RVing with Cats: Tips for Traveling with Your Feline Friend

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RVing with Cats: Tips for Traveling with Your Feline Friend

If you’re an RVing cat owner, you know that there are some things you just have to plan around – in this case, the fact that you’re taking your cat with you on the road. 

Cats are great companions, but they do require some special care while they’re away from home. 

That’s why we have some top tips to help you make your next RV trip with your feline friend fun and stress-free. 

So grab those kitty litter pouches and your favorite canned food – it’s time to hit the road!

What Kind of Cat Carrier Do I Need?

Before you can start RVing with your cat, you’ll need to have a carrier on hand. 

Cat carriers are available in a range of sizes and shapes, including hard-sided crates and soft-sided carriers designed to fold flat when not in use. 

Soft-sided carriers are ideal for camping trips because they weigh less than hard-sided crates and store easily when empty.

Where Should I Put The Carrier While In The Vehicle?

Before you leave on your trip, be sure to put your cat carrier in a spot where it can’t tip over and is well-ventilated. 

That may mean placing it on one of your bench seats if you have a station wagon or truck. 

If you have an RV that doesn’t have bench seats (or if you just don’t want to take that risk), consider investing in an RV pet barrier. 

This will give your feline friend its own little shelf and make it easier to keep track of them when they run out of energy or choose to explore their surroundings.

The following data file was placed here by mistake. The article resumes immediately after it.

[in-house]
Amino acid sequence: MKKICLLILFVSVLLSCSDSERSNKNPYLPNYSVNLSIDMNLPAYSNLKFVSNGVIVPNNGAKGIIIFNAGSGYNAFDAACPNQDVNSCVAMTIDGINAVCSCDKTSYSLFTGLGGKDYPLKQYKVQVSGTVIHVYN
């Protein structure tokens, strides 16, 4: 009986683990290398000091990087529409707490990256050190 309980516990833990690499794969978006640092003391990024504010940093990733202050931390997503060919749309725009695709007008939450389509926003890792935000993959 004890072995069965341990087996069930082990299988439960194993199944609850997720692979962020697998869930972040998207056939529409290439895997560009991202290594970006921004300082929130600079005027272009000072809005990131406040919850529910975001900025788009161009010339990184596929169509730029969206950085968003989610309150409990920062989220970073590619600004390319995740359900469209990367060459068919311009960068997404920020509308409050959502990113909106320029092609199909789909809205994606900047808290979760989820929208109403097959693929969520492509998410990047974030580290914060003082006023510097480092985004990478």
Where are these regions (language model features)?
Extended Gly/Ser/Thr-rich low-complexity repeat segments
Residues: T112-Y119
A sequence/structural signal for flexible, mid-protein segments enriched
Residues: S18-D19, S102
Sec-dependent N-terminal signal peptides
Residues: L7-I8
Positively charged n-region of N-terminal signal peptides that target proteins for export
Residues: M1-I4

If a barrier isn’t in your budget, we recommend at least moving any breakable items out of reach—and preferably off the floor!

Does My Cat Need A Microchip?

While not all cats need microchips, as opposed to collars and tags, it is a good idea to add them if you are camping cats. 

The animal may slip out of its collar or become separated from you and end up at an animal shelter where they may be euthanized. 

Microchips can help ensure that your cat can be identified no matter what happens. 

However, there are certain circumstances in which microchips should not be used, so consult your veterinarian before making any decisions on getting a cat chipped. He or she will have more knowledge about your cat’s health and specific needs.

Where Can I Go With My Cat?

The truth is that you can go almost anywhere you can imagine going in an RV. If you live in a place where temperatures get cold enough to freeze regularly, it’s probably best to wait until spring to travel. 

Once temperatures start warming up, however, there’s no limit on where you can go or how far away from home you want to go. 

Just make sure your cat enjoys being around other people and other animals—you don’t want it feeling anxious and panicky during your trip!

Let them be a part of it

During the initial phase of transition, Dr. Sara J  recommends that you bring a few of your cat’s belongings inside the RV with you. 

Having familiar items like their bedding, toys, and scratching post with them while they explore their new home may help them feel more at ease and secure as they adjust to their new surroundings. 

Additionally, it will fill the space with odours that are familiar to the user.

Dr. Sara J., who suggests utilising Feliway diffusers, sprays, and wipes in your cat’s new mobile home, adds that the idea is for the cat to feel as though the RV is a pleasant zone. Dont forget the Refills for Feliway Diffusers if you are travelling longer distances.  “The goal is for the RV to feel like a comfortable zone,” she says.